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National Weather Service and Severe Weather

By: Stacy Berman
By: Stacy Berman

May 11, 2006

It is this time of year that you have to keep a close eye on the weather. A nice day can quickly turn into an afternoon of some severe thunderstorms, and in addition to all of the Newsplex Meteorologists, folks at the National Weather Service are keeping their eyes to the sky for you.

Central Virginia may be far from tornado alley, but severe weather does strike the Commonwealth. April 14th was an example. This storm produced dangerous lightning and one bolt even struck an apartment complex in Albemarle County.

This storm stands out because no severe thunderstorm watch was issued ahead of time. A severe thunderstorm warning was eventually issued, but it was after the fact. Watches and warnings do not come from Charlottesville, they are issued by The National Weather Service.

"All of the severe weather watches, the severe thunderstorm and tornado watches that are issued in the United States are issued in collaboration with the local forecast offices and the Storm Prediction Center out in Norman, Oklahoma", explained David Manning, Warning Coordinating Meteorologist at the Baltimore/Washington Forecasting Office.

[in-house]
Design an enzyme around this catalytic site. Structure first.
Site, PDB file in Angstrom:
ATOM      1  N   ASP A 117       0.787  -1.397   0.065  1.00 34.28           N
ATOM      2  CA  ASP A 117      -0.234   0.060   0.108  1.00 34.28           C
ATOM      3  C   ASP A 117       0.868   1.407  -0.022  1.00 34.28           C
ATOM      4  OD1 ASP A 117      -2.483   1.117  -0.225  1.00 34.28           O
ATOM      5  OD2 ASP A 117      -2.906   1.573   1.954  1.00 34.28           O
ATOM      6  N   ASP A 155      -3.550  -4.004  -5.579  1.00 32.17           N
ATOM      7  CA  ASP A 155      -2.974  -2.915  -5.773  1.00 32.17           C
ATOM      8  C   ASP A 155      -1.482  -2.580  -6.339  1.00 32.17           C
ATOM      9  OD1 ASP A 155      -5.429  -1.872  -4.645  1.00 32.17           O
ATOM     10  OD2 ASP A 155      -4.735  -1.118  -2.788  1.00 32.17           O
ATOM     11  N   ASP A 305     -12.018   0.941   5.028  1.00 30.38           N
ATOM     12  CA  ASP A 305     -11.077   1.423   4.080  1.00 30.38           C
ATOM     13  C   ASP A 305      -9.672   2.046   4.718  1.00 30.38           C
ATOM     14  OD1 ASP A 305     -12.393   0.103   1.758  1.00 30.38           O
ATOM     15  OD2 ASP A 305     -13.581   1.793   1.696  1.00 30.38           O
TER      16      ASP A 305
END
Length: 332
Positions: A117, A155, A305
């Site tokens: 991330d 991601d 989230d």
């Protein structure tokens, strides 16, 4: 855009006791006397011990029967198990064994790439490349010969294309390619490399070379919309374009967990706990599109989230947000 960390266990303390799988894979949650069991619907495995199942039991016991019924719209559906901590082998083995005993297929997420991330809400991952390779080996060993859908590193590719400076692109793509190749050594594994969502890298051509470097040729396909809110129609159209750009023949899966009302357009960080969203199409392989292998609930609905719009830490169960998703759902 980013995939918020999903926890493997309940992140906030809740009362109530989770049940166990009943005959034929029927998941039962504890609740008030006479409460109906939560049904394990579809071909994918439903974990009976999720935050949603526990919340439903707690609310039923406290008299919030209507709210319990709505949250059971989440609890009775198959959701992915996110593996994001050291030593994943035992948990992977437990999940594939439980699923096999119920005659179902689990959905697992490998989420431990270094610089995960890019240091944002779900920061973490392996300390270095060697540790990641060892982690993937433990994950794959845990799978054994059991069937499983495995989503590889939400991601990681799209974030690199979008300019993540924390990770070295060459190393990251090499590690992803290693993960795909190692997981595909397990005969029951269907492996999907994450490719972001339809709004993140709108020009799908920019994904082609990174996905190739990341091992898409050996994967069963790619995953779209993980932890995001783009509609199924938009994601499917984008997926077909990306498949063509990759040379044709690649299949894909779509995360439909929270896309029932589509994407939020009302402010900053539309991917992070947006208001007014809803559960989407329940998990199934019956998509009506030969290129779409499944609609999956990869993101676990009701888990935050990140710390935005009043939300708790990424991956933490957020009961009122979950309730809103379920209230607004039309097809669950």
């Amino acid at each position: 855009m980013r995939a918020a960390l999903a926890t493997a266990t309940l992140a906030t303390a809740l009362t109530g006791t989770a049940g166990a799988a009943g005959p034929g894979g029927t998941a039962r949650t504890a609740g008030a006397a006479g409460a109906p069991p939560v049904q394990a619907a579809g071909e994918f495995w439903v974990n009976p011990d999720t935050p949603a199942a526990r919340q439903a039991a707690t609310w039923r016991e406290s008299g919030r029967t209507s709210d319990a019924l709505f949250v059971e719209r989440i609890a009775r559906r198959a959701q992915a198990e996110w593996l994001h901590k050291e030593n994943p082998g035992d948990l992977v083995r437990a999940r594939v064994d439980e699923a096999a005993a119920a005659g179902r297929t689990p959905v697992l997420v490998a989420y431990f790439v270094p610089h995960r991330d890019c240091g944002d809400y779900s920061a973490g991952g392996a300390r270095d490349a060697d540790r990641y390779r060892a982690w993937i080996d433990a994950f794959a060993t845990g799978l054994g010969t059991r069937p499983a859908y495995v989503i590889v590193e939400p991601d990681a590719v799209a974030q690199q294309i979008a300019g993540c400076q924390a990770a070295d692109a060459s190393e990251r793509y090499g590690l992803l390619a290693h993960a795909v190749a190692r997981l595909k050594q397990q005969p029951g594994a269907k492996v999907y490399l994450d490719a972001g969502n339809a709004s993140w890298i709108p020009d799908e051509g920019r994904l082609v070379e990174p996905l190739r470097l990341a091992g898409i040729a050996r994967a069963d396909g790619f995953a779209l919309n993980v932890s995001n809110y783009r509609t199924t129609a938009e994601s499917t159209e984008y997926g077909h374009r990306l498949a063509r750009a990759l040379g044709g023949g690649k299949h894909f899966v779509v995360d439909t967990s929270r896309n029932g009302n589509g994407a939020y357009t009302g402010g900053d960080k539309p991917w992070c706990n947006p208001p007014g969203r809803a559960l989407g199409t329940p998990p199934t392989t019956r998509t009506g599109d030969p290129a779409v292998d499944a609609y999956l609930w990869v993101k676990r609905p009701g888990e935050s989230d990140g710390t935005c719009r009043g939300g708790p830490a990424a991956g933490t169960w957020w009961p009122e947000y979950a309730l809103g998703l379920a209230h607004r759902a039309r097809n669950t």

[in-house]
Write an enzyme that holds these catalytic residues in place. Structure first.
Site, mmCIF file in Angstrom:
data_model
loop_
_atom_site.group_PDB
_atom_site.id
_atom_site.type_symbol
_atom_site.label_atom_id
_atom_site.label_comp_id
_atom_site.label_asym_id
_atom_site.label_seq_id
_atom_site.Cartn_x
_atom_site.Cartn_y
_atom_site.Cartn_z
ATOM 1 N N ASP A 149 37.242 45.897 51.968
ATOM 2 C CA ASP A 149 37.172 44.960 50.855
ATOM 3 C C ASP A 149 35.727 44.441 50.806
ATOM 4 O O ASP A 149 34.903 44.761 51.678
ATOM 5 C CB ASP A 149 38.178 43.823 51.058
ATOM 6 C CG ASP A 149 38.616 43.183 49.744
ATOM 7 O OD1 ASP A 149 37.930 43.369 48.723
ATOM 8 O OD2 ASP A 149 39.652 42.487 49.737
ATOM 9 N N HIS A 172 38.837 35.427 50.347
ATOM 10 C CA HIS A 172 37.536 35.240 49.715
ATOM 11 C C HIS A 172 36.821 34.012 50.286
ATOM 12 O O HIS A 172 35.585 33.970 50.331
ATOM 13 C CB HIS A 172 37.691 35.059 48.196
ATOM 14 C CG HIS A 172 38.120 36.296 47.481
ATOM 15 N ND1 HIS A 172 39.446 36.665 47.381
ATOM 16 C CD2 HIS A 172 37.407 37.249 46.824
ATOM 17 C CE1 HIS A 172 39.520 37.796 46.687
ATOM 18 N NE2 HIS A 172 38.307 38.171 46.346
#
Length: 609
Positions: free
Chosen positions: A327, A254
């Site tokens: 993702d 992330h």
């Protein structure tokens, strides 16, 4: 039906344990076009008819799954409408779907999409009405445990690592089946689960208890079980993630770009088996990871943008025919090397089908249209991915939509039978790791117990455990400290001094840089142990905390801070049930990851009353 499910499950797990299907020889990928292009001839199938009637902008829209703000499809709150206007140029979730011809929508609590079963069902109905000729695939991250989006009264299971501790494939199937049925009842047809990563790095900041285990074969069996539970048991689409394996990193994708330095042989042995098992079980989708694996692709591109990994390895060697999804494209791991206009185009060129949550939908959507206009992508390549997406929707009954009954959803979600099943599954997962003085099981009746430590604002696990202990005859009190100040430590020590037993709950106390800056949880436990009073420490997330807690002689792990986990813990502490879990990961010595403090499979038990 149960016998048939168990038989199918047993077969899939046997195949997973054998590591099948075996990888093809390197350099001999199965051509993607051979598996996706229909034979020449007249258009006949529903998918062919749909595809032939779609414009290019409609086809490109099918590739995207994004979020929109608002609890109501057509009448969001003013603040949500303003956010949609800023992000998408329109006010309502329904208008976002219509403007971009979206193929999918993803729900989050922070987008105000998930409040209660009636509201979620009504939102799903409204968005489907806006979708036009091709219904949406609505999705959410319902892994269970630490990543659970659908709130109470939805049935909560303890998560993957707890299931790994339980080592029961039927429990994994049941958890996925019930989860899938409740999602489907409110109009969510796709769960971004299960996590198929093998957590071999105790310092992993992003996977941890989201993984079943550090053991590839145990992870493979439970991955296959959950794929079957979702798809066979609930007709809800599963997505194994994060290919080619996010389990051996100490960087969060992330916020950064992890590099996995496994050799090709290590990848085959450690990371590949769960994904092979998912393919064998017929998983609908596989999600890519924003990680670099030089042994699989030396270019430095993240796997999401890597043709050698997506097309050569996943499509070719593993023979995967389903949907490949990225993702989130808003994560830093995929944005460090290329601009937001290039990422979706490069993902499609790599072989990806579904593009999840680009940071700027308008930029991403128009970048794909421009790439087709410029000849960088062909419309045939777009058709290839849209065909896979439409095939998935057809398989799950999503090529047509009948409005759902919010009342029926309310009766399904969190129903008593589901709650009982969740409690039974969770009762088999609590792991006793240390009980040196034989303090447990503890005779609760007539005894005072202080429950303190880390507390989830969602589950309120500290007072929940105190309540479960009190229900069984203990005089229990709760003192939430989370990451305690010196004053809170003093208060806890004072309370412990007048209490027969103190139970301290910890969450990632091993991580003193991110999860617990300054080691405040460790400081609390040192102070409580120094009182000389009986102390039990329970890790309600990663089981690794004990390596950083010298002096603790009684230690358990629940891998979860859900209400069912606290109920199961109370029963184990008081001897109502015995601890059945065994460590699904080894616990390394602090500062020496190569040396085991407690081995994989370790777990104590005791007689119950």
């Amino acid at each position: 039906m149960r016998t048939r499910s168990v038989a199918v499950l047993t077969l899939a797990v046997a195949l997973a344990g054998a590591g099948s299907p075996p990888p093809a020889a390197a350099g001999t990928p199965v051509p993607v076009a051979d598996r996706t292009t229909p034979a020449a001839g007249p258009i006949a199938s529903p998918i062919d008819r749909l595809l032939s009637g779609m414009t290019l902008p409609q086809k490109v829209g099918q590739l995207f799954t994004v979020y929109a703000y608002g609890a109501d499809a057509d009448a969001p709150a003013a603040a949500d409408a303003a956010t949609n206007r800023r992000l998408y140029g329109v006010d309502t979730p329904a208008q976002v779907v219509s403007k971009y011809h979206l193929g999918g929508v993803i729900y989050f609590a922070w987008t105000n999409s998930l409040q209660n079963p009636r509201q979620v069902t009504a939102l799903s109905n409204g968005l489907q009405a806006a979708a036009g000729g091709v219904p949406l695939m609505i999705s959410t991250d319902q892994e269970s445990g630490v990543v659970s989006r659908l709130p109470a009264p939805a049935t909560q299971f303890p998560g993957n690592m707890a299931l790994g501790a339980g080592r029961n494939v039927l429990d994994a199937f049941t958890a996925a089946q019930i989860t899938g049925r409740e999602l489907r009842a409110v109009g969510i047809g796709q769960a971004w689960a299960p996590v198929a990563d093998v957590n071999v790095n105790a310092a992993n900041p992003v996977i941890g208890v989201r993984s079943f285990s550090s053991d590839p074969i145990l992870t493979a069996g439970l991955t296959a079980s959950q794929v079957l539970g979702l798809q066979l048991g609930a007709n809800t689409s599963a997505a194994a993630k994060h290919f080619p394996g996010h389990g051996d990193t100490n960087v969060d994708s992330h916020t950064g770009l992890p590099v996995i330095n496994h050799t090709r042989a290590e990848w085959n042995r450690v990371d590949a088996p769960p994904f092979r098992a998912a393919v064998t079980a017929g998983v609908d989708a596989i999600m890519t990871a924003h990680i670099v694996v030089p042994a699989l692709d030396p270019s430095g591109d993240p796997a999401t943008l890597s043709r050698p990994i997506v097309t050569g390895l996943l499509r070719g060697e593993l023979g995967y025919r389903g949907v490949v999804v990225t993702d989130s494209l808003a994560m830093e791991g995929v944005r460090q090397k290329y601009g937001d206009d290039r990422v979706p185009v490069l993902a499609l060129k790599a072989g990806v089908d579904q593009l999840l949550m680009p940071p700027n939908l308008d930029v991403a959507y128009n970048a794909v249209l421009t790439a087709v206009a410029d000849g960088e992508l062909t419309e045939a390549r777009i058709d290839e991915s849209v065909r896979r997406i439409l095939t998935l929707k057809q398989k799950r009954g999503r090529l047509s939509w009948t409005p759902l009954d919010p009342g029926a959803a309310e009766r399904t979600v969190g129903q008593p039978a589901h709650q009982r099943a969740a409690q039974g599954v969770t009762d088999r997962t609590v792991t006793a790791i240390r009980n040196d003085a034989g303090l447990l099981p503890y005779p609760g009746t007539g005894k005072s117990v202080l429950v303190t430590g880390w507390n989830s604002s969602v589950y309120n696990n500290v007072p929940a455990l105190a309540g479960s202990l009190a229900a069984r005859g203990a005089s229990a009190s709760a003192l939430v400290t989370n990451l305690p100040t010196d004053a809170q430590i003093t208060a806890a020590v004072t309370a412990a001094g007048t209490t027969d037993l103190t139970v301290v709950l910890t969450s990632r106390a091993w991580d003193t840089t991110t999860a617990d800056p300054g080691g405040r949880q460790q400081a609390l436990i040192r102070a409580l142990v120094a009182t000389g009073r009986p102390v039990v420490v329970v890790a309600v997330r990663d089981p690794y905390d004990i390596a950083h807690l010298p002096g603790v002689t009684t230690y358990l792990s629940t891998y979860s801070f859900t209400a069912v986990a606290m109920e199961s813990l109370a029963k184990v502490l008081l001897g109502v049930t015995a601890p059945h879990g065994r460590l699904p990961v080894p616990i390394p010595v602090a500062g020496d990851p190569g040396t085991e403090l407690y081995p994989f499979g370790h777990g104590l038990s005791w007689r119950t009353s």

The storm prediction center in Oklahoma monitors the country for severe weather, so it's possible to miss a local storm. NWS offices have the power to issue a warning even when no watch is issue.

"In an ideal world, severe weather warning events would be preceded by a watch, sometimes that doesn't happen, but the majority of the time we have severe weather, it is proceeded by a watch."

The difference between a watch and a warning is that a watch has the potential to produce severe weather, while a warning means the potential is eminent.

Our viewing area overlaps another NWS office, with Albemarle, Green, Madison, Nelson, and Orange monitored by the Sterling office and Fluvanna and Louisa by the Wakefield office. this situation can cause problems with watches or warnings.

"During every shift, our forecasters are in constant communication with our neighboring weather forecast offices", said Manning.

Communication is key. However, the message can sometimes get lost.

"To really communicate the message, the national weather service is here to protect life and property. To communicate our message, we rely on our partnerships with the media."

When severe weather strikes, rely on our four meteorologists for accurate and dependable forecasts to keep YOU ahead of the storm.

NWS also recommends that you get a NOAA weather radio, which immediately sends alerts whenever a watch or warning is issued for your area.


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